I hope you and your loved ones are continuing to stay safe and healthy. I also hope life is returning to some version of “normal” for you. As we’ve all spent a lot more time at home over the last few months, we’ve been re-introduced to our homes. We’re emerging from the stay-at-home order with a better appreciation of our homes or maybe a list of needed upgrades. Some have realized that it’s time to make a change and look for a new home altogether.
I’m seeing the whole spectrum in my business. Buyers I’m working with have different priorities than they did just a few months ago. At open house, I’m hearing different wants and needs than just a few months ago as well. What I’m seeing in my business is not unique. I’m hearing similar things from other agents here in Hawaii as well as other markets.
Developers have taken notice as well. “While the coronavirus still rages on, it’s hard to predict what post-pandemic abodes might look like,” according to Barrons. “Yet, developers around the U.S. are already rethinking projects, anticipating residents’ needs and preferences that Covid-19 would spur. In doing so, they are re-evaluating current in-unit aesthetics and in-demand amenities.”
If you are planning to list your home soon, this information may help you with prioritizing pre-listing projects and improvements, or what to highlight while marketing your home so you can best compete with other resale properties as well as new developments.
Here are some of the areas of home design that are more in demand and where trends will likely continue to shift in the coming years:
Homes had been trending smaller, but that may be over. With so many families spending more time around the home lately, there’s never been more need for additional personal space. Expect homes to grow in size accordingly. Some families I’ve spoken to wish they had the space for family to live together, mom and dad moving in with kids or vice versa, so they could be together and watch out for one another. A lot of my clients had college age children moving back home as colleges moved to online classes.
Return To Closed Floor Plan
In addition to home size, there are also some changes in how that space is designed. For some buyers, the appeal of the open-floor plan was already trending down prior to 2020. The past few months have only made the reasons for this trend more evident. Sharing more time and space at home demands privacy for work, schoolwork, hobbies, and entertainment. Unfortunately, some families found it difficult to find space for isolation and self-quarantine for sick family members.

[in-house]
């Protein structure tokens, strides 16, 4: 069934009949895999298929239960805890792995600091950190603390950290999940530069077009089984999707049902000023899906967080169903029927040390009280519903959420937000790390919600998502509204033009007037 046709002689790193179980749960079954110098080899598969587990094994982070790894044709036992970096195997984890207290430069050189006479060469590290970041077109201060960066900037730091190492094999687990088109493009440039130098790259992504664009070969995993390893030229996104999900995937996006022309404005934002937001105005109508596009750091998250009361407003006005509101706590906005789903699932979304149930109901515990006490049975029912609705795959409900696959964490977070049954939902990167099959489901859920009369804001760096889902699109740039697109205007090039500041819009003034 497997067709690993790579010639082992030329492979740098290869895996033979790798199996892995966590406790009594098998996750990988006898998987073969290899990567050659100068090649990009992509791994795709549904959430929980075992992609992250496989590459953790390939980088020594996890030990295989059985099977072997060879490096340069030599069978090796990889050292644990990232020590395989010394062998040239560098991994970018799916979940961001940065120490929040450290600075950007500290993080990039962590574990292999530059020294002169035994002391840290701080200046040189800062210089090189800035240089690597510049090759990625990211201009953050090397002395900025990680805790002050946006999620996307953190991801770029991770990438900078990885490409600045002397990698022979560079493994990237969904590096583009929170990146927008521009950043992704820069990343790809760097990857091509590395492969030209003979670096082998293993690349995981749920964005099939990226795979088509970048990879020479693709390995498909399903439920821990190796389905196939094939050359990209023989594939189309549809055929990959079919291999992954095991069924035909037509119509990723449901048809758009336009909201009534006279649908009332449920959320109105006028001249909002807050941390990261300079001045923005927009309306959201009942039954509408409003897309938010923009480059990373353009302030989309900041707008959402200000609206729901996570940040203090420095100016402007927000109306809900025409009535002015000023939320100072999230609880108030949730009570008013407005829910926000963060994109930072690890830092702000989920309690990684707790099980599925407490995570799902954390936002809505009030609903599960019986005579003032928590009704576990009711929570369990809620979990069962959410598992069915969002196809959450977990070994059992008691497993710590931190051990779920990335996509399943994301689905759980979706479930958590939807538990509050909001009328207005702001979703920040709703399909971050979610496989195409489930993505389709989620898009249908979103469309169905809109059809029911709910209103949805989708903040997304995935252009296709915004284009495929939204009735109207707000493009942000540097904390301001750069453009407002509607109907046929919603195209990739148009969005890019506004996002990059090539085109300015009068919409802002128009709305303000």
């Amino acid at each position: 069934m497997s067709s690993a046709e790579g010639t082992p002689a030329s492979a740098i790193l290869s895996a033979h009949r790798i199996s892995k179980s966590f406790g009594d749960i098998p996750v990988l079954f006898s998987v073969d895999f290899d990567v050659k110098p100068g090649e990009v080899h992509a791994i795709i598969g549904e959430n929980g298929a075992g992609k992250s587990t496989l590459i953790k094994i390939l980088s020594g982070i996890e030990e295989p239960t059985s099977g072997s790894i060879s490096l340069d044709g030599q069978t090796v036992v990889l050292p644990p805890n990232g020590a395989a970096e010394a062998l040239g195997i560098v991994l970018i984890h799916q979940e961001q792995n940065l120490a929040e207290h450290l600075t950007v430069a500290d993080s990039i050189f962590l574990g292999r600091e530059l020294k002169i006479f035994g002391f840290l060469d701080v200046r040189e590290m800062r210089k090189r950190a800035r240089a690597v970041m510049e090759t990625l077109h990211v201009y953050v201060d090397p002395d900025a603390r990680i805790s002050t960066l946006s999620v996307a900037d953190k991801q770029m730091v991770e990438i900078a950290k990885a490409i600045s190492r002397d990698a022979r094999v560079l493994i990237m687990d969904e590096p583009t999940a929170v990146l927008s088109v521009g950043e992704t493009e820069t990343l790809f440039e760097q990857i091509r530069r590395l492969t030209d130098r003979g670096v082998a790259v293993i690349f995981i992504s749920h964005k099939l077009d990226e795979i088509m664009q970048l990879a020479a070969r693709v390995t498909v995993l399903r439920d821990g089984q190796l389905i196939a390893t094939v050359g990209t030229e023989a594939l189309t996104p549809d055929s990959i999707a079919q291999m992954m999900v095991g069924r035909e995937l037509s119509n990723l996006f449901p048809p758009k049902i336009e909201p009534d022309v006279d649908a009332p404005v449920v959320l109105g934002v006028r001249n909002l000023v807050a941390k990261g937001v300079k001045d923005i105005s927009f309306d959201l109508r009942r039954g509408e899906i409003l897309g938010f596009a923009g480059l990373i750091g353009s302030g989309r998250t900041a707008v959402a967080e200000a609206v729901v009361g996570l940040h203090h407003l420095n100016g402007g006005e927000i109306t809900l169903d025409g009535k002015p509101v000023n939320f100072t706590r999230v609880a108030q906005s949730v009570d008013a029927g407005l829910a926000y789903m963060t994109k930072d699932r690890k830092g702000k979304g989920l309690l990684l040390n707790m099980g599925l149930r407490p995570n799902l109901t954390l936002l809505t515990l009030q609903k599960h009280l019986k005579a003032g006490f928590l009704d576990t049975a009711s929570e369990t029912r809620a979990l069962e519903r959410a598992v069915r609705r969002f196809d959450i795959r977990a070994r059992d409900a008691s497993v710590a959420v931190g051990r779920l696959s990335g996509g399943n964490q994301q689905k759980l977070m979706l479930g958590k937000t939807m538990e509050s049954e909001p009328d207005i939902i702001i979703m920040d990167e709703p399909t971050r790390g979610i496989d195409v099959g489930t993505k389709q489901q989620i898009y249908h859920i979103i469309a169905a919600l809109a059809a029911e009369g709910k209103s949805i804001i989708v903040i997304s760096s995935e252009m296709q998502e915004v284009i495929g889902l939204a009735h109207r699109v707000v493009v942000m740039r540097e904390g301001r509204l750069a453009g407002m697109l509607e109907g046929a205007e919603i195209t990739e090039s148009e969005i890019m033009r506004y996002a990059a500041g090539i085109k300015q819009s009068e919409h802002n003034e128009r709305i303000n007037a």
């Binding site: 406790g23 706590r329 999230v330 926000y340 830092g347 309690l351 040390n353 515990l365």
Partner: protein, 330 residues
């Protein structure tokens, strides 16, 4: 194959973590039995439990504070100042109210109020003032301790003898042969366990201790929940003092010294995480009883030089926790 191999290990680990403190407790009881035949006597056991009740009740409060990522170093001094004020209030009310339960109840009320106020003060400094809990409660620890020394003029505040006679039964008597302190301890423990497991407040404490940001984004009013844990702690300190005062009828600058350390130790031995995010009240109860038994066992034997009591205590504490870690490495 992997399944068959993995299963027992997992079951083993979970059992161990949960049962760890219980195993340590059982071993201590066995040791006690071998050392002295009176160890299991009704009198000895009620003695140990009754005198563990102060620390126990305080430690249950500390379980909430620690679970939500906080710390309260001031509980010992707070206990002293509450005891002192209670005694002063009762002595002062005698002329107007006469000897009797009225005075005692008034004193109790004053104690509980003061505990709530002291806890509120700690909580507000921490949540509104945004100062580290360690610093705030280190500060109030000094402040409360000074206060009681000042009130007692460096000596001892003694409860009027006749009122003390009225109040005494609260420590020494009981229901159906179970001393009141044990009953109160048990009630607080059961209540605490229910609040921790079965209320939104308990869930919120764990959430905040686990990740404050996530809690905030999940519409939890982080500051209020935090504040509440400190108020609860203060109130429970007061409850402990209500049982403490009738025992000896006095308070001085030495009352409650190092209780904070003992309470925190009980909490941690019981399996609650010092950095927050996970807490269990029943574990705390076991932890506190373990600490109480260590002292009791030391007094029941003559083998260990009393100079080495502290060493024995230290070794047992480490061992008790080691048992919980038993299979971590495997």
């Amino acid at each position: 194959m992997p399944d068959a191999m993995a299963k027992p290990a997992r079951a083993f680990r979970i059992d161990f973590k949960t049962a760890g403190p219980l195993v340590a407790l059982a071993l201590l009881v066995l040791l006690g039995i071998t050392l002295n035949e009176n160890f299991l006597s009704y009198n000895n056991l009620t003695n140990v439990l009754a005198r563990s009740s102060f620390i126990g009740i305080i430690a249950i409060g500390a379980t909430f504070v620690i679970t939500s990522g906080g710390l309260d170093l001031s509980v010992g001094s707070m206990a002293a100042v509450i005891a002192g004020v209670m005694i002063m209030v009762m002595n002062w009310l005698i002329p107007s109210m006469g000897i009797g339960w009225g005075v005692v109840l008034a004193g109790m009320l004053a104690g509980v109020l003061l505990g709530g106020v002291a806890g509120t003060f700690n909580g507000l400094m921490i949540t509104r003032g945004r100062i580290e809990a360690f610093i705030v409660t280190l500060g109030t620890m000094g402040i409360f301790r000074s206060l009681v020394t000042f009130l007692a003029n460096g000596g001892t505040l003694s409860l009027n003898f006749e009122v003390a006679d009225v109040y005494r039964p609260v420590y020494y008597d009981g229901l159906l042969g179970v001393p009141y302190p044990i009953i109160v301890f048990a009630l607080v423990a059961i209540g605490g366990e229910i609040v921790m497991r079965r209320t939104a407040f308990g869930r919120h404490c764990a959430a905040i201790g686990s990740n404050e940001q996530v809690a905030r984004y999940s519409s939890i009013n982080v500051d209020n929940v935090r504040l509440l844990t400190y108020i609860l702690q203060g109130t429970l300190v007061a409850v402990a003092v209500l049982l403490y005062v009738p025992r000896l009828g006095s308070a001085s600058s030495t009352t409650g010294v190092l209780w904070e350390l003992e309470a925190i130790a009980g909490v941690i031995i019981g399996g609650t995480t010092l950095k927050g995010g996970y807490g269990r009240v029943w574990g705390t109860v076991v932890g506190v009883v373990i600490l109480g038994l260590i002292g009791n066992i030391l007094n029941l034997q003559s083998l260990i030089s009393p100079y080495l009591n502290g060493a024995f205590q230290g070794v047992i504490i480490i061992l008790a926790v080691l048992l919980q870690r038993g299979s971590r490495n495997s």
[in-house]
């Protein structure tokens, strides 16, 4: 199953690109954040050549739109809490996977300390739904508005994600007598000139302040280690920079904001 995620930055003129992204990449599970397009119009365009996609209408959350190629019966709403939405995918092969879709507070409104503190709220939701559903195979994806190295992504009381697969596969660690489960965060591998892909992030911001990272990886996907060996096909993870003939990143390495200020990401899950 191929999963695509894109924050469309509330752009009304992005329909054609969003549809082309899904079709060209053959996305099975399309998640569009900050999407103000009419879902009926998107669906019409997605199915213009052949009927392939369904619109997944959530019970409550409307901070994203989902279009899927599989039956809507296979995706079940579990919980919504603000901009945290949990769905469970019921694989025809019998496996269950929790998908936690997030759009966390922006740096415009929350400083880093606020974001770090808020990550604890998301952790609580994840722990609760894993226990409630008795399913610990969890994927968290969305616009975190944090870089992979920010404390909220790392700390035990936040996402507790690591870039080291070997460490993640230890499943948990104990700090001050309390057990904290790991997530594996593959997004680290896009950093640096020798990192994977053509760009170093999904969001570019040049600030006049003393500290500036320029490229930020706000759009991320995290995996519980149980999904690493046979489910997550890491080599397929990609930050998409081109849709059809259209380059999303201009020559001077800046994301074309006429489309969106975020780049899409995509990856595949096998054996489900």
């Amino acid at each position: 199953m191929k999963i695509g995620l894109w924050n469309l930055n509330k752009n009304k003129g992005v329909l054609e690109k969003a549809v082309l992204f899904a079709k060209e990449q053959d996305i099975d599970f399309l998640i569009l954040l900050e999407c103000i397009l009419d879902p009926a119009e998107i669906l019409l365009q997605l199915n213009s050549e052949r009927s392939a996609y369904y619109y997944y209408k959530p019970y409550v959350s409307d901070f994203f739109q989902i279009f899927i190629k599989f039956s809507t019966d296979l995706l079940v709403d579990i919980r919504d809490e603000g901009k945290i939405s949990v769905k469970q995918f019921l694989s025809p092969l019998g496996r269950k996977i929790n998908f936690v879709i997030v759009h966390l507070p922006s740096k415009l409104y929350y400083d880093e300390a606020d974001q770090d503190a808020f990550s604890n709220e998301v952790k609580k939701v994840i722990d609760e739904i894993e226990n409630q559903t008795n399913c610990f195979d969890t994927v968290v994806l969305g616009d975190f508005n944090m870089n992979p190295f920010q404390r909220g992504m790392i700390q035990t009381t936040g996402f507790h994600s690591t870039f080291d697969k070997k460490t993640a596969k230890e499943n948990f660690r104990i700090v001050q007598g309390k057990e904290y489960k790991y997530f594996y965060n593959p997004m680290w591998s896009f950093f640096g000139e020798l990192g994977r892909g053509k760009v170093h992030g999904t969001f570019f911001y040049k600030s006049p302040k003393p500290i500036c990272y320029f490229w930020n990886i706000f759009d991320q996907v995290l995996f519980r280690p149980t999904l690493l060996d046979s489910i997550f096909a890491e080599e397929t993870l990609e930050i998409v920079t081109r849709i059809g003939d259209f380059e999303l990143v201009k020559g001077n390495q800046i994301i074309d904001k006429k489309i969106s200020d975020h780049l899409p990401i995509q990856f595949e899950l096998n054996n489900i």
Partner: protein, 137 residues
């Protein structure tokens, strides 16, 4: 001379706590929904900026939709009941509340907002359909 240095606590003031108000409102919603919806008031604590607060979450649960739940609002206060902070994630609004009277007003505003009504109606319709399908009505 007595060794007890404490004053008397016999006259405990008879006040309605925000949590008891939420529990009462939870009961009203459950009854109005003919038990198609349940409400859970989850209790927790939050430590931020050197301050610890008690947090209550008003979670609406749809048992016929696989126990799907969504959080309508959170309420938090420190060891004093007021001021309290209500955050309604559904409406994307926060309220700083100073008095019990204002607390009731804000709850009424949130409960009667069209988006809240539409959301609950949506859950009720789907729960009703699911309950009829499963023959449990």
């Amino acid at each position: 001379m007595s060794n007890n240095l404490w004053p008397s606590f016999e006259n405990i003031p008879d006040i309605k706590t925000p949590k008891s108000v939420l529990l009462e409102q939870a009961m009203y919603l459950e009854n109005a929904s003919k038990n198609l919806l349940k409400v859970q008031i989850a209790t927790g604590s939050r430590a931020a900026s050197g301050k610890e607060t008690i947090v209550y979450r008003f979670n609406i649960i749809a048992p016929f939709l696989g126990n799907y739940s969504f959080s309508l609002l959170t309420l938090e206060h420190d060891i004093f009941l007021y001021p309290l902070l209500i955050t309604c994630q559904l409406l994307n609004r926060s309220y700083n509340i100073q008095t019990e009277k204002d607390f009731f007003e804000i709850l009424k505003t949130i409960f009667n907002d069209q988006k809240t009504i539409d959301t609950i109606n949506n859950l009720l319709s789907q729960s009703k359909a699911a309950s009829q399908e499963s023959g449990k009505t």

As more and more businesses relax work-from-home policies, or shift to full-time remote work entirely, the home office will become a near-essential for many buyers. A space that was once an after-thought now will need to offer privacy, good lighting, and be pre-wired for telecommuting. Setting up a laptop in the kids’ playroom is fine if it’s temporary, but it’s not a great permanent solution.
Changes In The Kitchen
With more meals being cooked at home, people have gained a new understanding of what they want in a kitchen. For some, this is the first time in a long time that they have really used their appliances and are finding some do not work, or at least not the way they need them to. Another trend in homes will be extra freezer space – whether that’s in the kitchen pantry or garage. Many people are now prioritizing pantry or storage space for those essential items they want to stock up on.
Home Gym/Recreation Space
During the stay-at-home order most businesses closed, including gyms. Many people lost their ability to exercise and workout even though they had extra time to focus on their health. As we start to see businesses open up again, gyms and fitness facilities are some of the last being allowed to open up. Many buyers are looking for home gyms or at least extra space where they can add a gym or exercise space.
Before the pandemic, there was a trend of downsizing from single family homes to condominiums in “walkable” communities with all kinds of great amenities. During the stay-at home order many people felt “trapped” as amenities were shut down and there was no access to outdoor space. Private yard space is now a priority for many buyers, especially if there’s no indoor space for a gym or exercise room.
This is already one of the fastest growing trends in home design, but smart home technology will soon move from a ‘plus’ to a ‘must’. Touchless faucets, once thought superfluous, are now an inexpensive and health-conscious upgrade. As people order more and more online, systems like Ring video doorbells and other home monitoring systems are becoming a must have as well. Temperature and lighting control can now be voice or motion activated. Systems that filter air and monitor air quality will become more common and affordable.
I hope this information will provide some guidance in preparing your home for listing. If you are a buyer and have other preferences, I’d love to hear from you in the comments section below or a quick email.